Crypto Currency…a household term?


The term crypto currency was first coined in 1998 but the concept of digital cash came into being in the 80s. It has become a familiar word worldwide in the last decade. It was created accidentally by an unknown inventor known by the pseudonym Satoshi Nakamoto which leads us to think that it was a Japanese discovery. The name is a clear give away. The idea behind this invention was to build a decentralized digital cash system opposed to the physical or fiat money.


Crypto currency in layman’s terms means a digital or virtual currency that is secured by cryptography, which guarantees the security or anonymity of transactions and the participants without the involvement from a central authority and safeguarding from duplicating expenditure.


Currently there are an estimated 4000 crypto currencies in existence with Bitcoin, the original crypto currency and Ethereum ranking as the top two in the world.



Here’s how crypto currency is in use today....

  1. The most significant benefit is undoubtedly the freedom to make large sum private payments fairly anonymously.

  2. It can be used to buy goods and services just like we use normal printed currency. The scope of spending crypto currency ranges anywhere from travelling to buying luxury vehicles; where a vendor accepts crypto payments.

  3. It offers low transaction fees and speedy processing which is especially useful in international transfers.

  4. Another important aspect is that crypto currency transactions can be done by the unbanked too.

  5. Yet another advantage is the easy accessibility it offers. All we need is a smart phone or computer with a steady internet connection to send and receive funds.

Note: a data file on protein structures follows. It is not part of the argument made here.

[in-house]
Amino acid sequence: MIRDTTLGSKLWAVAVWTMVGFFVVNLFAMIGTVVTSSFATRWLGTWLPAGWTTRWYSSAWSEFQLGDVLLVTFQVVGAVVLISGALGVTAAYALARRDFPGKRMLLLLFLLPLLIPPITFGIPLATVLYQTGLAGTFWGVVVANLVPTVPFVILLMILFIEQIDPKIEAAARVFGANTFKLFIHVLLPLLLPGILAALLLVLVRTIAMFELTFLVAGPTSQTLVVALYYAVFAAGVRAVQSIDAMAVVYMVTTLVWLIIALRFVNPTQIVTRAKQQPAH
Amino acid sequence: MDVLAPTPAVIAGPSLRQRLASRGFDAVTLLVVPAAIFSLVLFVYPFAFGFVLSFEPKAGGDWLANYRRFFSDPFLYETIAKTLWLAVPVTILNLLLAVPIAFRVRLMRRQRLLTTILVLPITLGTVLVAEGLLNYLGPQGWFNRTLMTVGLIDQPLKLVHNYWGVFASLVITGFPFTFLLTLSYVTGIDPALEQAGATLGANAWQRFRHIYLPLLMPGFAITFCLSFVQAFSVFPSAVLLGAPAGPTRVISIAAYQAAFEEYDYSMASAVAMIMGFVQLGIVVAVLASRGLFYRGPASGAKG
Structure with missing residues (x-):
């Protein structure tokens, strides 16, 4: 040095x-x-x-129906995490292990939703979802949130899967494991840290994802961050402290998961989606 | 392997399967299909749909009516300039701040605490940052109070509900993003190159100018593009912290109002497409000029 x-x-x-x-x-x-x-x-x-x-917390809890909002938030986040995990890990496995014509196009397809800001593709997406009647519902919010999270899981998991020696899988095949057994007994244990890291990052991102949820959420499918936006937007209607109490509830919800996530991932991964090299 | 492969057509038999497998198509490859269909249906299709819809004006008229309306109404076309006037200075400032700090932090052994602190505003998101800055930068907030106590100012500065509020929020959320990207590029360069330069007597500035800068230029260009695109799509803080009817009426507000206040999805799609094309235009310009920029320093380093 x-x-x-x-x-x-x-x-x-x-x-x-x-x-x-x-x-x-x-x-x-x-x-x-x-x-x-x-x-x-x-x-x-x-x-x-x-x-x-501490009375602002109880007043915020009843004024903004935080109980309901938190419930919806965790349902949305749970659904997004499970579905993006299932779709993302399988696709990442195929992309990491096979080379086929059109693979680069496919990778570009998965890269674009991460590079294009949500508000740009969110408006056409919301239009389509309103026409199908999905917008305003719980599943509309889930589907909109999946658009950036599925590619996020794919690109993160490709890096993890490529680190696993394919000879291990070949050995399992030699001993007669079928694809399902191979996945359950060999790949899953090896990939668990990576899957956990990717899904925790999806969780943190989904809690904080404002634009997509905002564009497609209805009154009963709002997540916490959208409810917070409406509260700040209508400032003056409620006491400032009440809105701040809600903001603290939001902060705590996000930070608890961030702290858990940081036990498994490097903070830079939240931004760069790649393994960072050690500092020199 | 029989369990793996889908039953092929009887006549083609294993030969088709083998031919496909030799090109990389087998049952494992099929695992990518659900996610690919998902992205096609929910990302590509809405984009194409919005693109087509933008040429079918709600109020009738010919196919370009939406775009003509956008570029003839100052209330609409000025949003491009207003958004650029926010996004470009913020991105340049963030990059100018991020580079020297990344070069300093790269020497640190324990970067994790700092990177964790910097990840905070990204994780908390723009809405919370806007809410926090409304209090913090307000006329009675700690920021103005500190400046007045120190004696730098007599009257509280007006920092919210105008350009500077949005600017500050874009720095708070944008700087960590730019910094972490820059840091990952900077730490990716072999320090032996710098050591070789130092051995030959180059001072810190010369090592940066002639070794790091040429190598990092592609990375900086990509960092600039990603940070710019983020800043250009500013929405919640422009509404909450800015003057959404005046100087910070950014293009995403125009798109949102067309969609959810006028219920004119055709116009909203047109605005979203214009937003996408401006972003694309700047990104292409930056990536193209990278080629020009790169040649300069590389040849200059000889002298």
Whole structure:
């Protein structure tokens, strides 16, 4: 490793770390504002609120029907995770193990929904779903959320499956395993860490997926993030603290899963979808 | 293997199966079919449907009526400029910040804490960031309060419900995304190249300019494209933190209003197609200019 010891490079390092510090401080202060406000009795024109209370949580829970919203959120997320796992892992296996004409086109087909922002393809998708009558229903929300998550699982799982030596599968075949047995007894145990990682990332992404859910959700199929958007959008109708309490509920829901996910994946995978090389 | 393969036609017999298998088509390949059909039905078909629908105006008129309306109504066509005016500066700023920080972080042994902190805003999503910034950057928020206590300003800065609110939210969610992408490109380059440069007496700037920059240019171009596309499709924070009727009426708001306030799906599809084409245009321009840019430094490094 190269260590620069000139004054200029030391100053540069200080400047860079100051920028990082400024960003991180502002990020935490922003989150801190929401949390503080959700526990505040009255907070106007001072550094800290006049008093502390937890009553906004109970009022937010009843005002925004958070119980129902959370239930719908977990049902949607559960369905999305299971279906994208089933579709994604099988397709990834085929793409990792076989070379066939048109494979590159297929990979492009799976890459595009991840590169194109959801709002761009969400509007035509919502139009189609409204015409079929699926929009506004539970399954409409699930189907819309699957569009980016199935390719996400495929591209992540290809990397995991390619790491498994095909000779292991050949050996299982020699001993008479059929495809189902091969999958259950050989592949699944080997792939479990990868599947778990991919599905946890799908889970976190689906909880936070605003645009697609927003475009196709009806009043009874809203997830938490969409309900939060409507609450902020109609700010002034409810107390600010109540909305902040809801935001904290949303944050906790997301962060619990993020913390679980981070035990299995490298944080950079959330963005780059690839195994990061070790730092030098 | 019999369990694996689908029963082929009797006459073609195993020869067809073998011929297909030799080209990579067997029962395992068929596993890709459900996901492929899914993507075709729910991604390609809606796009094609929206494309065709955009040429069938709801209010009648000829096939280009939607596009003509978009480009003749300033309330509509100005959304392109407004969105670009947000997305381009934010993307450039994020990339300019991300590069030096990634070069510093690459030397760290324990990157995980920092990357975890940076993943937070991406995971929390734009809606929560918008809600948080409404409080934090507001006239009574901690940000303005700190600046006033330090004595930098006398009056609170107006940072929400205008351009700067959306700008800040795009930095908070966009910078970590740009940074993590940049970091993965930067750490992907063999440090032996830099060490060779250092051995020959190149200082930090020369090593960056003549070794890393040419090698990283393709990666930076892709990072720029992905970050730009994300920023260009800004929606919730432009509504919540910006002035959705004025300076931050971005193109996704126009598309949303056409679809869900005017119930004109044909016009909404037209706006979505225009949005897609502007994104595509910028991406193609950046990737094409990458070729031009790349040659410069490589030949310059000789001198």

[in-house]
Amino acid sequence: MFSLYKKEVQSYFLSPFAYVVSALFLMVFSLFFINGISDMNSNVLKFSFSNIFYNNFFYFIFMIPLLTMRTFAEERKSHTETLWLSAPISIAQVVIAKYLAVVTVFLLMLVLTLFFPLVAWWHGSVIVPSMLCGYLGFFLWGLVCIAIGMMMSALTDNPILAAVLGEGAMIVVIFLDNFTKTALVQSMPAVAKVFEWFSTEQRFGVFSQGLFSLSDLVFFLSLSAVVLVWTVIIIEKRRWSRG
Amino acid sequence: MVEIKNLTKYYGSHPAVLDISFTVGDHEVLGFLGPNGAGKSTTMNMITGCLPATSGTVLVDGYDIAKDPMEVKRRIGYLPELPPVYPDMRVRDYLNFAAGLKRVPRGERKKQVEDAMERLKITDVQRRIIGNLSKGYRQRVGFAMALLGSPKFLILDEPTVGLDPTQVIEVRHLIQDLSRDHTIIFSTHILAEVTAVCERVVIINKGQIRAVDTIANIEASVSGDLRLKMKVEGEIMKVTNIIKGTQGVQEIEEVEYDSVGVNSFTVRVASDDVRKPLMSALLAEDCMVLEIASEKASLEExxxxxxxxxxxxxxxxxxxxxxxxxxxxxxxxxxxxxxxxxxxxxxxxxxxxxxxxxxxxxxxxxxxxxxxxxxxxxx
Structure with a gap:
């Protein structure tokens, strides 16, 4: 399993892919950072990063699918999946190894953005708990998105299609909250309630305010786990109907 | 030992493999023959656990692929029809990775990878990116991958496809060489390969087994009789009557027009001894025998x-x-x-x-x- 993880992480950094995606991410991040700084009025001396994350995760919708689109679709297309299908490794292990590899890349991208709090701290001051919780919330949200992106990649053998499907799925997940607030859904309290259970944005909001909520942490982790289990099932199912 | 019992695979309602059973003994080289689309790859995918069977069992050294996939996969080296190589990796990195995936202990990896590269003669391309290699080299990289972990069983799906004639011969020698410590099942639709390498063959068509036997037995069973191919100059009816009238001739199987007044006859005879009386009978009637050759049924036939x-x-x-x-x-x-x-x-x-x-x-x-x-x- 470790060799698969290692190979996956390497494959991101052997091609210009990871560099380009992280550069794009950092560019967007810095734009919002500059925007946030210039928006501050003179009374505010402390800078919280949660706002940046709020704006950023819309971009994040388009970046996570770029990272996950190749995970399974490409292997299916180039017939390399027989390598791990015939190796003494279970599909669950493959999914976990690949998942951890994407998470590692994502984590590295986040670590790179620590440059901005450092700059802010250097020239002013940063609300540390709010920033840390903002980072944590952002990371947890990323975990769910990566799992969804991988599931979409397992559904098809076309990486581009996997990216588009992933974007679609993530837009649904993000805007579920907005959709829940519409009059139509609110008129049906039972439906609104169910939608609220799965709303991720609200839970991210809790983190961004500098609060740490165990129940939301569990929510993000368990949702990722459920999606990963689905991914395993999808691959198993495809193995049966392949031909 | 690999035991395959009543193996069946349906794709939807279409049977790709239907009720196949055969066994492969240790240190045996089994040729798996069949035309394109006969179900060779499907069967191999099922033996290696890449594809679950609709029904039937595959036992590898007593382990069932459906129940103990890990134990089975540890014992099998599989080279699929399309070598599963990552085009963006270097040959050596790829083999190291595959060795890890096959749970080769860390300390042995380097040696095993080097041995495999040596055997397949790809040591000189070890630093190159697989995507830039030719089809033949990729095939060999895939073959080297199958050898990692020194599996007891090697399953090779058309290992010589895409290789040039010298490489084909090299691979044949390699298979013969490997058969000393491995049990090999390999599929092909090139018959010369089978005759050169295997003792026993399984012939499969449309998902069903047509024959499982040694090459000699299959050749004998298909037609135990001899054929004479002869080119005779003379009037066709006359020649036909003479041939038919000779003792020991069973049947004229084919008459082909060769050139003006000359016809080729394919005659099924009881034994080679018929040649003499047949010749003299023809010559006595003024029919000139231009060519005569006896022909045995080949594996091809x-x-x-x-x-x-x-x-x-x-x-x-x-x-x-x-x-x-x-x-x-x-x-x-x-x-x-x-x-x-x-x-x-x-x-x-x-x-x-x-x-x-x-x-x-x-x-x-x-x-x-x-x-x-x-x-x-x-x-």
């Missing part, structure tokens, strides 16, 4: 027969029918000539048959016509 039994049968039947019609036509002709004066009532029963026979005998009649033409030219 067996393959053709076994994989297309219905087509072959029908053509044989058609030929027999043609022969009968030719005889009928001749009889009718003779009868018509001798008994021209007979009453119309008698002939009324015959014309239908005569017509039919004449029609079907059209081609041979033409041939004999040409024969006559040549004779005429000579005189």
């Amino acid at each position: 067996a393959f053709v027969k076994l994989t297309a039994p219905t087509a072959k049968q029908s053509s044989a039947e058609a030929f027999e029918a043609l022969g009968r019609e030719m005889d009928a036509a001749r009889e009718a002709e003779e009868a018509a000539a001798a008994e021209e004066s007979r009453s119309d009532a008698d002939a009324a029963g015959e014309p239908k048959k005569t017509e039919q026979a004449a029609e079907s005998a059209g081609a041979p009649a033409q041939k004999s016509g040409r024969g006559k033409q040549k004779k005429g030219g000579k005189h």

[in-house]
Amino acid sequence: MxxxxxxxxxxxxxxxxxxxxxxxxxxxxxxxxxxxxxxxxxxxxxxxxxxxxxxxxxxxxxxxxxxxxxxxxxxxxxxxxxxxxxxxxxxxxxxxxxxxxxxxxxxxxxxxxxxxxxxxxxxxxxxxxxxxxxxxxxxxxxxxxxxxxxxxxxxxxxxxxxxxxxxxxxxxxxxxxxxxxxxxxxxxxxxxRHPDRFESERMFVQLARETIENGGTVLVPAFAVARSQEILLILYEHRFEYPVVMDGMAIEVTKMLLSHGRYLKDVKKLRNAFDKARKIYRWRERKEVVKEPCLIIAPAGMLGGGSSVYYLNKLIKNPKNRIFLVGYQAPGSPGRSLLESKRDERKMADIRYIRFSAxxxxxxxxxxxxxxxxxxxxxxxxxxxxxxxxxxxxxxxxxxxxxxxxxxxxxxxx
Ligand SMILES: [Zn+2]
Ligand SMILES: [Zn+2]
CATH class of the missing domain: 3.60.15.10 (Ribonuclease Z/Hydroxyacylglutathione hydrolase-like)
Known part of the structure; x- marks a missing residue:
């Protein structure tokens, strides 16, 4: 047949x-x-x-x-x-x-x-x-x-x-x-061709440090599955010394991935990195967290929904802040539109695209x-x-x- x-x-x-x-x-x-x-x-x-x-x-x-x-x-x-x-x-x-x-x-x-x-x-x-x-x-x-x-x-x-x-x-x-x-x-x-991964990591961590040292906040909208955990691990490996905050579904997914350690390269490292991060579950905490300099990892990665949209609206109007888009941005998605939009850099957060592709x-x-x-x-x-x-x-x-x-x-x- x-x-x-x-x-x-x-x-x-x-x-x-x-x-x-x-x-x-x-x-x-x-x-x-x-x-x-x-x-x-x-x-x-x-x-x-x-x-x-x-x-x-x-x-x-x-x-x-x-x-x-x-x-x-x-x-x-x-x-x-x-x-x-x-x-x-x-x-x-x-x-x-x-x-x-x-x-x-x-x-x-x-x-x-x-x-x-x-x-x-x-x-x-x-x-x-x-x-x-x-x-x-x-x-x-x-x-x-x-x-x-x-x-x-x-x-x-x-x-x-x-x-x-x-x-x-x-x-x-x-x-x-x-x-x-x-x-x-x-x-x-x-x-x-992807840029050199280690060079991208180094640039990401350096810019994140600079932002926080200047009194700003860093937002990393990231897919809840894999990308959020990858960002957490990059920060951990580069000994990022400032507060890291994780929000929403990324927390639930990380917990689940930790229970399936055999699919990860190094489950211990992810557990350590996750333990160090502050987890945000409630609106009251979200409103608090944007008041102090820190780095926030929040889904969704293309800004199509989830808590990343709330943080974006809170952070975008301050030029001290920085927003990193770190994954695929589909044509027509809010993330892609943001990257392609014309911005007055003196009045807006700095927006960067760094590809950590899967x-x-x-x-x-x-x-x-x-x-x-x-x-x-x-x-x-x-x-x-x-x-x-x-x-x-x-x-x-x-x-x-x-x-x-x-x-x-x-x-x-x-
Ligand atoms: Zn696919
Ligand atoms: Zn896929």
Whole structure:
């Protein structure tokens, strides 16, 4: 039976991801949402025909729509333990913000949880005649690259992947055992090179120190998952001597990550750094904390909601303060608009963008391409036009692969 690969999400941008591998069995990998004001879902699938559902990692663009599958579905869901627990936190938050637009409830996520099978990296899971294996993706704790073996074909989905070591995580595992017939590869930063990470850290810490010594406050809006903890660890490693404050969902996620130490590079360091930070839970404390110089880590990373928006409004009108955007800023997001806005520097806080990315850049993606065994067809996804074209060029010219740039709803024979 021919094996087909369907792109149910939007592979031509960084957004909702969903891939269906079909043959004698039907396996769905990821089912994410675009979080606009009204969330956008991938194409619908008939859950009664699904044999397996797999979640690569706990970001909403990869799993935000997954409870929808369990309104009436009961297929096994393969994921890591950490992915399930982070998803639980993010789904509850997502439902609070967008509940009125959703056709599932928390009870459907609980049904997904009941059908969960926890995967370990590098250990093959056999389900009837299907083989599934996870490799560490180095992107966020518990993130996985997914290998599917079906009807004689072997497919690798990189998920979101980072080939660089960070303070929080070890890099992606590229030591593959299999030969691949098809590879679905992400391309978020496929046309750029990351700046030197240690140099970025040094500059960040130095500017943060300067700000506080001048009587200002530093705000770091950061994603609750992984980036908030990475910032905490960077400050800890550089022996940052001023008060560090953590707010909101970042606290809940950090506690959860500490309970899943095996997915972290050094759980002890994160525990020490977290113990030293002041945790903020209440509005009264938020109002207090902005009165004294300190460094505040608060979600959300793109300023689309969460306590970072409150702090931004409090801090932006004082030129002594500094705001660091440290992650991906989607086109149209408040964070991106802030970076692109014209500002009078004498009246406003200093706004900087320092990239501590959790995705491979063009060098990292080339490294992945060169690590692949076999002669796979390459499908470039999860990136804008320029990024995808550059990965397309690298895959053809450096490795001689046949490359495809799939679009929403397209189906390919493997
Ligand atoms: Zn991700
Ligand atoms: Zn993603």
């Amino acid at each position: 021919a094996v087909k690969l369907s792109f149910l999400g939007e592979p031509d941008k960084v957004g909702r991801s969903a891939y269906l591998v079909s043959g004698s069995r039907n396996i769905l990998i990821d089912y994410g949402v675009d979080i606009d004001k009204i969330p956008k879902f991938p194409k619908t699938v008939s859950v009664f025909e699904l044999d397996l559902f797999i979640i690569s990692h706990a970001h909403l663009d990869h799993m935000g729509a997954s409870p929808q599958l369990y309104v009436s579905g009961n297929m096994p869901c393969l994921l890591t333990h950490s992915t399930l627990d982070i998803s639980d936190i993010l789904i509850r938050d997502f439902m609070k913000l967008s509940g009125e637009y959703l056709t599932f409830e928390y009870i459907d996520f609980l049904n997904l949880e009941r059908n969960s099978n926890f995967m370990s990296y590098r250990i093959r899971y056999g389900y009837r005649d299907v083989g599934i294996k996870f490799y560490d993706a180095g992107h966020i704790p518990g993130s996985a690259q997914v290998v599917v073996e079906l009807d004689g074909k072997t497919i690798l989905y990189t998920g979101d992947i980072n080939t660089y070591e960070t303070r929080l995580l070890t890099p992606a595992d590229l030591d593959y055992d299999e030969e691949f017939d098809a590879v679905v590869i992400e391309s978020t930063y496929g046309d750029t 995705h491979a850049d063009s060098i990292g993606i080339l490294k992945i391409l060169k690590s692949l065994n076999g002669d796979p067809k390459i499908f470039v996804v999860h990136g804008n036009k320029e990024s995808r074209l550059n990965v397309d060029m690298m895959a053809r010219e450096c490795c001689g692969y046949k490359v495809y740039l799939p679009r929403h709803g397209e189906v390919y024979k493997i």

6. There are yield accounts for crypto currency which we can take advantage of. Some examples are Circle and Nexo that can provide anywhere between 5 and 12% returns.

What are the risks involved?

Investing or involving in the crypto market is not for the faint-hearted!!
  • They are highly volatile meaning they are liable to sudden drop or surge in value depending on the climate of the market.

  • They are unregulated. Till date they are not regulated by banks or governments even though there are current movements to reduce the autonomous nature of these crypto institutes .

  • Crypto currency transactions are irreversible and they are solely dependent on a series of alpha-numeric characters known as the wallet addresses. Just like you have bank account numbers, these wallet addresses are where you'd be sending and receiving digital currency. A small error in any of the characters can cause the amount be lost forever. This is simply irrecoverable unlike you sending amounts to the wrong bank accounts.

  • Another related issue is that when you first create your wallet you are provided a series of random words (called pass phrases or secret phrases). You need to carefully note this down in a secure place as once you lose these, you would have lost your entire crypto savings on that wallet.

  • They are also very much vulnerable to hacking.

  • They can be affected by forks - a split in blockchain network (a digital ledger of transactions) that can change the course of transactions on that specific blockchain for a period of time.


Where is it headed now?


It is still in its growing stage and good percentage of the world population is either yet to be introduced to this concept or is sceptical about it. The estimated crypto ownership rates at an average 3.9% as of 2021 with approximately 300 million users worldwide. But experts believe that they are here to stay and as we always say about any newbie discovery, it won’t be long when crypto currency will become a household term.


Disclaimer - This article is only meant for educational purposes, please do not construe this as independent advice. We are aiming to publish articles relating to crypto accounting in the near future. In the meantime, if you would like to ask us about your individual or corporate crypto accounting needs, please write to officemanager@evalua8.com


References

  1. All images used in the article are from pexels.com. They are free to use without attribution. The main pictures we have used are from Photo by David McBee from Pexels and Photo by Alesia Kozik from Pexels

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